Building Systems: Braced Frame

• Braces used to resist lateral loads

• steel or concrete

• Damage can occur when braces buckle

• Stiffer than pure frame

2005 PS3 Summer Institute

• wall elements designed to take vertical as well as in-plane horizontal (lateral) forces

• Concrete buildings

• Wood buildings

• Masonry buildings

• resist lateral forces by shear deformation

• stiffer buildings

F

Shear Deformation

2005 PS3 Summer Institute

• Large openings in shear walls

• a much smaller area to transfer shear

• resulting large stresses cause cracking/failure

F

Cracking around openings

West Anchorage High School, 1964

2005 PS3 Summer Institute

• Most houses and low rise apartments in California, some strip malls

• Shear wall type construction

• Light weight (except if has clay tile roof)

• Generally perform well in earthquakes

• Damage often consists of cracked plaster and stucco

2005 PS3 Summer Institute

generally don’t collapse because have many interior walls

Slide off foundation – generally pre-1933 because bolting inadequate

Chimneys collapse

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Wood Frame Damage – Cripple Wall Failure

the problem

short walls that connect foundation to floor base - common in houses built before 1960

the fix

the damage

2005 PS3 Summer Institute

Occurs when first story much less stiff than stories above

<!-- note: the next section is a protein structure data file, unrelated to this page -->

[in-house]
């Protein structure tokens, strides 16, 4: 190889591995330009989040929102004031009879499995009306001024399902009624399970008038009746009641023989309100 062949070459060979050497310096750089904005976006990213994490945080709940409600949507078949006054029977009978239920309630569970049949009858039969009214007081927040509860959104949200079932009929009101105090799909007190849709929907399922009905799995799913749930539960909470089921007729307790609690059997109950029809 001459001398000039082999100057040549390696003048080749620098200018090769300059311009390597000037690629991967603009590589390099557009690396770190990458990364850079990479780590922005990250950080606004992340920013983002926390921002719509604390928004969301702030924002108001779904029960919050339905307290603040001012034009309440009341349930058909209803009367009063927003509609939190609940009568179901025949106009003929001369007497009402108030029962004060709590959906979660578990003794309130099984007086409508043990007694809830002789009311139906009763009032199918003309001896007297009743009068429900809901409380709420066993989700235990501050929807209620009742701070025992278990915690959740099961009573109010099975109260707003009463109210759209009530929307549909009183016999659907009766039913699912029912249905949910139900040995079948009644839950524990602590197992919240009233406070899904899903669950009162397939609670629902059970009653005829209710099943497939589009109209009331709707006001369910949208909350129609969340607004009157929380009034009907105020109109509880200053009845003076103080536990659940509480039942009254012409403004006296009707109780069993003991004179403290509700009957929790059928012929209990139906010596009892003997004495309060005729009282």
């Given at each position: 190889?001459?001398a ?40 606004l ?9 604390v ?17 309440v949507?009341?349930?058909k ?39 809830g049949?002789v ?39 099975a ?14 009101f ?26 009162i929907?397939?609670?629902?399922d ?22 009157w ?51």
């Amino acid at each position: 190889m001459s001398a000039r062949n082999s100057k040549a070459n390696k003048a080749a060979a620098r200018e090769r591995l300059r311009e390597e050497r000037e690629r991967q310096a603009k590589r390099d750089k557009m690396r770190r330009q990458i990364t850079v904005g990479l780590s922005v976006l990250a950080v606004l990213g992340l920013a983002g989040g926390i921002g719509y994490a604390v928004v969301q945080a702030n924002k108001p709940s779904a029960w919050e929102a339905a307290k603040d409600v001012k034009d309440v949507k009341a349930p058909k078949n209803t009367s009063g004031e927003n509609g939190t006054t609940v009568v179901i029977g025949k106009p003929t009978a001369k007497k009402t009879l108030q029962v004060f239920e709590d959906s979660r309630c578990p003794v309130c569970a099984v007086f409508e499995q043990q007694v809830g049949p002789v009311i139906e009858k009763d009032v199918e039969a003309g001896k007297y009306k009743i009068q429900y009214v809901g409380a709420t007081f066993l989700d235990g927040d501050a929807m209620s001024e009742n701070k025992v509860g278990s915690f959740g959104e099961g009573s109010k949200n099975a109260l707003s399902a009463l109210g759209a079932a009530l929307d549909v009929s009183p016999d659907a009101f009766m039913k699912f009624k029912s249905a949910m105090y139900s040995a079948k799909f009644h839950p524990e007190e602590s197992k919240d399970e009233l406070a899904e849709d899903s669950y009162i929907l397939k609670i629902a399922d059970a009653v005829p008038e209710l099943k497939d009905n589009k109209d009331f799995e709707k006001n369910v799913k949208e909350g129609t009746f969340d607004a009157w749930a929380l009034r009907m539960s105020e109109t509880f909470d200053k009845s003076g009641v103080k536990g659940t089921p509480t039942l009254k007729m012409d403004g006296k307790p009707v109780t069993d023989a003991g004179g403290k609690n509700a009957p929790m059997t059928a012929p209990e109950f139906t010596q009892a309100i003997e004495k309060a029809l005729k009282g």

Typical damage – collapse of first story

2005 PS3 Summer Institute

Typical apartment building with tuck under parking

Retrofit can include installation of a steel frame to limit the deformation of first floor

2005 PS3 Summer Institute

• Built of heavy masonry walls with no reinforcing

• anchorage to floors and roof generally missing

• floors, roofs and internal partitions are usually of wood

• older construction – no longer built

• Typical damage

• Walls collapse and then roof (floors) come down

• Parapets fall from roof

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• Shear wall load resisting system

• Quick and inexpensive to build

• Warehouses (Costco), industrial parks

• Typical damage

• Walls fall outward, then roof collapses

2005 PS3 Summer Institute

• Factory-built dwelling (lightweight)

• built of light-weight metal construction or a combination of a wood and steel frame structure

• Typical damage

• jacks on which the coach is placed tip, and coach falls off some or all of its supports.

• jacks to punch holes through the floors of the coach

• usually stays in tact

• mobile home becomes detached from utilities (possible fire)

2005 PS3 Summer Institute

Frames can be used to strengthen older concrete buildings

2005 PS3 Summer Institute

not isolated

Base Isolated Buildings

• Supported by a series of bearing pads placed between the building and its foundation

• Most of deformation in isolators and acceleration of the building is reduced = less damage

2005 PS3 Summer Institute

U.S. Court of Appeals, San FranciscoSurvived 1906 earthquake(seismic retrofit 1994)

San Francisco City Hall Steel frame with stone exterior (seismic retrofit 1994)

2005 PS3 Summer Institute

Good connectionsof non-structural building contents with building

2005 PS3 Summer Institute